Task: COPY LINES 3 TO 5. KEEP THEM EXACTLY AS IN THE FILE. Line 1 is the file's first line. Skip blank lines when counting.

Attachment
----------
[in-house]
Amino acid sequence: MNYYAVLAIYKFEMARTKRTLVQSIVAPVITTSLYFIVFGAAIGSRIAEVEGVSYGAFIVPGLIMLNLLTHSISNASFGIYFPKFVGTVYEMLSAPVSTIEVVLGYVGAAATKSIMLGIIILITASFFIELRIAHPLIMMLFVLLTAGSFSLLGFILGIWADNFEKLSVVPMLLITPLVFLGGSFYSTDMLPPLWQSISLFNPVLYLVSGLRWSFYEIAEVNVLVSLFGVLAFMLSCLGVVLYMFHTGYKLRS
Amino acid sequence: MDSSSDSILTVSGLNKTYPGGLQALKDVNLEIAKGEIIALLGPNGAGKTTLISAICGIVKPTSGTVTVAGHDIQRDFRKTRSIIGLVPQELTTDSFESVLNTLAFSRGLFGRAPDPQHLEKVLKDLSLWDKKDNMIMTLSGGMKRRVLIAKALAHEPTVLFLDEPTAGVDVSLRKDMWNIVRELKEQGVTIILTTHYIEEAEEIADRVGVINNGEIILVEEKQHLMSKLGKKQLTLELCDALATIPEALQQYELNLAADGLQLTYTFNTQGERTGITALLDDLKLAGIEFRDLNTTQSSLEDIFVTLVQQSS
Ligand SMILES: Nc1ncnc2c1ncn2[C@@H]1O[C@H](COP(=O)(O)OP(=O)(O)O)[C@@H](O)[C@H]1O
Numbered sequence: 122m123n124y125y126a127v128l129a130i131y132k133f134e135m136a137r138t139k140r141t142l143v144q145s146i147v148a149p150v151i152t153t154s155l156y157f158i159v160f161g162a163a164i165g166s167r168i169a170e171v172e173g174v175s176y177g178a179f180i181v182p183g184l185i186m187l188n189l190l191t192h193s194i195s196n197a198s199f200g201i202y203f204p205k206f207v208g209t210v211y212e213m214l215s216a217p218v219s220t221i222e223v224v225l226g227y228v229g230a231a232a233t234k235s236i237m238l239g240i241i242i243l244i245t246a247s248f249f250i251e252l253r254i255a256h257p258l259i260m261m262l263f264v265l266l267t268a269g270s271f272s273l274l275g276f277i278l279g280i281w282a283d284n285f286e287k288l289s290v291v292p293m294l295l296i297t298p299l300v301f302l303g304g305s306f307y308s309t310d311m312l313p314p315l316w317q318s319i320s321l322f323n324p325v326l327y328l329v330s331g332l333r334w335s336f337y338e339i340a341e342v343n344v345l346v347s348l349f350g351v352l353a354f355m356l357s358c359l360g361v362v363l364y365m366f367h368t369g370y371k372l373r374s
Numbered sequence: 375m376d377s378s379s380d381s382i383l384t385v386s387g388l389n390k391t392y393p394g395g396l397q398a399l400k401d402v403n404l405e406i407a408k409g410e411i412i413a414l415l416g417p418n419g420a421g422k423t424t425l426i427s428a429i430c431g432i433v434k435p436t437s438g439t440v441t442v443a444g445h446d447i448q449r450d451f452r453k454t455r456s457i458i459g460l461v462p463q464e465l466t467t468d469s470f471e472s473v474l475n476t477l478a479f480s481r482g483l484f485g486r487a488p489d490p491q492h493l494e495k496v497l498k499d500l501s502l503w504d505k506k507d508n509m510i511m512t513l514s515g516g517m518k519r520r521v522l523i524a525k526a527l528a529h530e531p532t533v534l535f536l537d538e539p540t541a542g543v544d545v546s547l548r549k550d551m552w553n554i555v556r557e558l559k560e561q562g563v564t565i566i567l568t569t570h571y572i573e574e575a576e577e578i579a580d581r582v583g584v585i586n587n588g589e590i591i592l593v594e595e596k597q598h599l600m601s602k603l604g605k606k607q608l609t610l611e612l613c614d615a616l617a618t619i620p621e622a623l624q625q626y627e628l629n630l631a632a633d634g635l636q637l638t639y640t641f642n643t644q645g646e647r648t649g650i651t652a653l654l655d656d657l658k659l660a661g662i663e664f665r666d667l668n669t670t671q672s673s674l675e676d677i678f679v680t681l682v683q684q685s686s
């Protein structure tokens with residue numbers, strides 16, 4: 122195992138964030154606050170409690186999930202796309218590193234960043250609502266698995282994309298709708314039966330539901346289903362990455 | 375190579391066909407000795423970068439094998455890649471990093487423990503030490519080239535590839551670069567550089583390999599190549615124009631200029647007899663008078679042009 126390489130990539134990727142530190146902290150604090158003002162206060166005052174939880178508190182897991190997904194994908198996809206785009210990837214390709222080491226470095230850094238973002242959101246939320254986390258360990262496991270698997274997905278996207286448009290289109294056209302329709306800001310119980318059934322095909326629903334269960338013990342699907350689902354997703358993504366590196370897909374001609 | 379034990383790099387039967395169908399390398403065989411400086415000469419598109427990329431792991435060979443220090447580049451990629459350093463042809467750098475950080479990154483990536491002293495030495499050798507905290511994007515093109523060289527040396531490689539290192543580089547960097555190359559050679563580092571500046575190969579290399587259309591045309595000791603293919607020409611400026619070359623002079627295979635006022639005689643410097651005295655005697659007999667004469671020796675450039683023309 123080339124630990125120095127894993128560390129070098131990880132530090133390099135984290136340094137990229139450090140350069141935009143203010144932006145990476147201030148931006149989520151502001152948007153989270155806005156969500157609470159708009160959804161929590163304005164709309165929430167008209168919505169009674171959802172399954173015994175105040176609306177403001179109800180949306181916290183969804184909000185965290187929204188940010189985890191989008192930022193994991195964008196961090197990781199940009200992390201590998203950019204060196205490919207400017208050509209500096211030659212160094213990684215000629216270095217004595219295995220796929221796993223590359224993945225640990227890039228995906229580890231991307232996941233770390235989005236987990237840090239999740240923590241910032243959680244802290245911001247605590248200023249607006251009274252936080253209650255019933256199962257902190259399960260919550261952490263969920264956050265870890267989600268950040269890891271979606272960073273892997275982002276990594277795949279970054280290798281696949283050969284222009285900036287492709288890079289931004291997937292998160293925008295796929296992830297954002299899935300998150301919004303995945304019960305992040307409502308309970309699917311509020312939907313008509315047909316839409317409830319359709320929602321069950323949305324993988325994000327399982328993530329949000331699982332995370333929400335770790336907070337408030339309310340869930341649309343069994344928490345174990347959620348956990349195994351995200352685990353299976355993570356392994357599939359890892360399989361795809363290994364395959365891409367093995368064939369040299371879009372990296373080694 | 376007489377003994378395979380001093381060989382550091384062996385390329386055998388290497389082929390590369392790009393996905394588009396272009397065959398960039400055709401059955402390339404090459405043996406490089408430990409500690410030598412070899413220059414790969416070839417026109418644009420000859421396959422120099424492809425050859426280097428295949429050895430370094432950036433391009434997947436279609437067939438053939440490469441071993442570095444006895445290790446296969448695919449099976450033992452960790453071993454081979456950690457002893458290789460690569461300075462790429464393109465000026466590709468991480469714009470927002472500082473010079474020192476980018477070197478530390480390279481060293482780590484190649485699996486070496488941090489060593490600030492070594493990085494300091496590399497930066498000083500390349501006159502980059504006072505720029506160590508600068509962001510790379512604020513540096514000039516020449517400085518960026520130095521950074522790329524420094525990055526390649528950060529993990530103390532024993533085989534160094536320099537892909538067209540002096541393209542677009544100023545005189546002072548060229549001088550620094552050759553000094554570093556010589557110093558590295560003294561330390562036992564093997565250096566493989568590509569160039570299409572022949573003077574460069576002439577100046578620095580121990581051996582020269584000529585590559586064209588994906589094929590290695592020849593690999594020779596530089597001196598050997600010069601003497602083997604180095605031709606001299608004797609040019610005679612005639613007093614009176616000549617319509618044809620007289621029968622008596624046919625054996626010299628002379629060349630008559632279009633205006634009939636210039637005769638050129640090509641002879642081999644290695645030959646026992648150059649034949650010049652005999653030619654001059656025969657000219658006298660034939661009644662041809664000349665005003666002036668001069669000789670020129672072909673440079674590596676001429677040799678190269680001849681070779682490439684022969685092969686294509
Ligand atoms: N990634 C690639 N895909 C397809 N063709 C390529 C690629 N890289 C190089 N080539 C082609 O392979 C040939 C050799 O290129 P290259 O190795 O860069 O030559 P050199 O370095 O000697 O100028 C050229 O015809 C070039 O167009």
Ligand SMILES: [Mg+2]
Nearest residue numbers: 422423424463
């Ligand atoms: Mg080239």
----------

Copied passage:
Amino acid sequence: MDSSSDSILTVSGLNKTYPGGLQALKDVNLEIAKGEIIALLGPNGAGKTTLISAICGIVKPTSGTVTVAGHDIQRDFRKTRSIIGLVPQELTTDSFESVLNTLAFSRGLFGRAPDPQHLEKVLKDLSLWDKKDNMIMTLSGGMKRRVLIAKALAHEPTVLFLDEPTAGVDVSLRKDMWNIVRELKEQGVTIILTTHYIEEAEEIADRVGVINNGEIILVEEKQHLMSKLGKKQLTLELCDALATIPEALQQYELNLAADGLQLTYTFNTQGERTGITALLDDLKLAGIEFRDLNTTQSSLEDIFVTLVQQSS
Ligand SMILES: Nc1ncnc2c1ncn2[C@@H]1O[C@H](COP(=O)(O)OP(=O)(O)O)[C@@H](O)[C@H]1O
Numbered sequence: 122m123n124y125y126a127v128l129a130i131y132k133f134e135m136a137r138t139k140r141t142l143v144q145s146i147v148a149p150v151i152t153t154s155l156y157f158i159v160f161g162a163a164i165g166s167r168i169a170e171v172e173g174v175s176y177g178a179f180i181v182p183g184l185i186m187l188n189l190l191t192h193s194i195s196n197a198s199f200g201i202y203f204p205k206f207v208g209t210v211y212e213m214l215s216a217p218v219s220t221i222e223v224v225l226g227y228v229g230a231a232a233t234k235s236i237m238l239g240i241i242i243l244i245t246a247s248f249f250i251e252l253r254i255a256h257p258l259i260m261m262l263f264v265l266l267t268a269g270s271f272s273l274l275g276f277i278l279g280i281w282a283d284n285f286e287k288l289s290v291v292p293m294l295l296i297t298p299l300v301f302l303g304g305s306f307y308s309t310d311m312l313p314p315l316w317q318s319i320s321l322f323n324p325v326l327y328l329v330s331g332l333r334w335s336f337y338e339i340a341e342v343n344v345l346v347s348l349f350g351v352l353a354f355m356l357s358c359l360g361v362v363l364y365m366f367h368t369g370y371k372l373r374s